Court Consent Required Before Relocating
If a party in family law action involving children ever decides to move away from the other parent, they must request for the Court’s permission to do so.
This type of case, called a relocation case, lets the party plead the reasons why they want to move, and try to get permission from the Judge to take the child with them. Without this approval for relocation, a party may not take the child more than fifty (50) miles away from their current location. If you have been served with a “Notice of Intent to Relocate” or you yourself have been debating moving to a different location, contact the Men’s Divorce Law Firm today to schedule a consultation and discuss your rights and options.
Emergency Child Custody Laws in Florida
As mentioned above, a parent must obtain permission from the court and the other parent before moving a child more than 50 miles away. In some cases, one parent may try to “disappear” and take the child or children with them, without the consent of the other parent.
If you suspect the other parent may be planning to move the child to another location without your consent – whether 50 or 5000 miles away – you need to immediately contact an experienced Orlando child custody attorney at Men’s Divorce Law Firm. We are reachable any time, day or night, as sometimes acting a few hours faster can prevent the other parent from leaving with the child.
Veronica Diaz: The first thing we explain what our firm could do for them if anything. There are some times where, unfortunately, something happens and they maybe should have called us just before that incident and they’re already on the plane type of a situation.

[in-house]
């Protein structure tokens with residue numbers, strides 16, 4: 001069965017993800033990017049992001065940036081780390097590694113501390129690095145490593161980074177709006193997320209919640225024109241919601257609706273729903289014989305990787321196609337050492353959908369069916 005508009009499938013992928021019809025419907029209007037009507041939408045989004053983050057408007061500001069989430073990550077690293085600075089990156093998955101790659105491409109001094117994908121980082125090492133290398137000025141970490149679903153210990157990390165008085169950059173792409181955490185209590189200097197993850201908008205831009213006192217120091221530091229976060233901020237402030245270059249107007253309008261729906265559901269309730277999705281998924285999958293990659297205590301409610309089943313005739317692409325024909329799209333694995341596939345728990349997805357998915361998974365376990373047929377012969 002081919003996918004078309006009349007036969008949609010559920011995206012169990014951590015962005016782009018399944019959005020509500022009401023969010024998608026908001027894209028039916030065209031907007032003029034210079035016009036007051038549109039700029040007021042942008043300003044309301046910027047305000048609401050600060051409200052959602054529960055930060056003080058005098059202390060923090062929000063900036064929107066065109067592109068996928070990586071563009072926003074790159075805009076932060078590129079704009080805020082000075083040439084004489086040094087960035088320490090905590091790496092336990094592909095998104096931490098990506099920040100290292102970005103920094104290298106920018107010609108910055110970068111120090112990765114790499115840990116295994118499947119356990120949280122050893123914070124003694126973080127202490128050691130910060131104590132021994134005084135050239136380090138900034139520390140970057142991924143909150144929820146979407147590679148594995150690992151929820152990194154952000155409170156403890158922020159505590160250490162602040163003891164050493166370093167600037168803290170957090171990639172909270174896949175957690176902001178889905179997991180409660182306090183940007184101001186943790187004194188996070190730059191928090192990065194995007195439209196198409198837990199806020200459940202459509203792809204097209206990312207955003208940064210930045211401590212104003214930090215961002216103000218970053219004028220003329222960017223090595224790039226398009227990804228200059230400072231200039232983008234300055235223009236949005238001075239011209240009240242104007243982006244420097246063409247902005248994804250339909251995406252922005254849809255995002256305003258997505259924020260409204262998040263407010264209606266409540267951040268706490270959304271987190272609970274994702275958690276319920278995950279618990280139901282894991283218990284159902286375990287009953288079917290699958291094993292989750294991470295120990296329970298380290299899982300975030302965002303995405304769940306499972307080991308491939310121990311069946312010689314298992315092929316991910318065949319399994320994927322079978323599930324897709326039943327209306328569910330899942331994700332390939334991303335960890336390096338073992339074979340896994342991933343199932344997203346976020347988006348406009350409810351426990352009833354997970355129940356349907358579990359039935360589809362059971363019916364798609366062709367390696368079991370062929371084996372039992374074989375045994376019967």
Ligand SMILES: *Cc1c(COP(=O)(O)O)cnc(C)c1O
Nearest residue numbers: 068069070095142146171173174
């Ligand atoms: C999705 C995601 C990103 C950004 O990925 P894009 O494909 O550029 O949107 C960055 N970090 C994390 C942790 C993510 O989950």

We’ve had cases where a parent just took three children to Alaska without the other parents consent. Or the day before Christmas, parents trying to take a child to a country that’s not part of the Hague Convention Treaty. There would be no way to get that child back if we weren’t there to stop that.
At that point, Attorney Feulner has actually opened a vast variety of communication with us. We can text him, call him, email him. He has just anyway to get a hold of him. If an emergency like that happens and he has out of office appointments and there is a way that he can call us or get back to the office, he will. At that point, we would explain what’s going on. He would instruct us over the phone, if he needed to, if it couldn’t wait, and instruct us exactly on what we should be doing right then.
Also, there’s other times where he gives that potential client his name and number and say give this to the officials or of there’s a police officer there, let us call them and it’s that quick. Where I know that other people might have to go through an entire retaining process and sit down and consult. When there’s an emergency, he definitely treats it the way it is and not just a case where he’s not going to deal with that, that’s too much.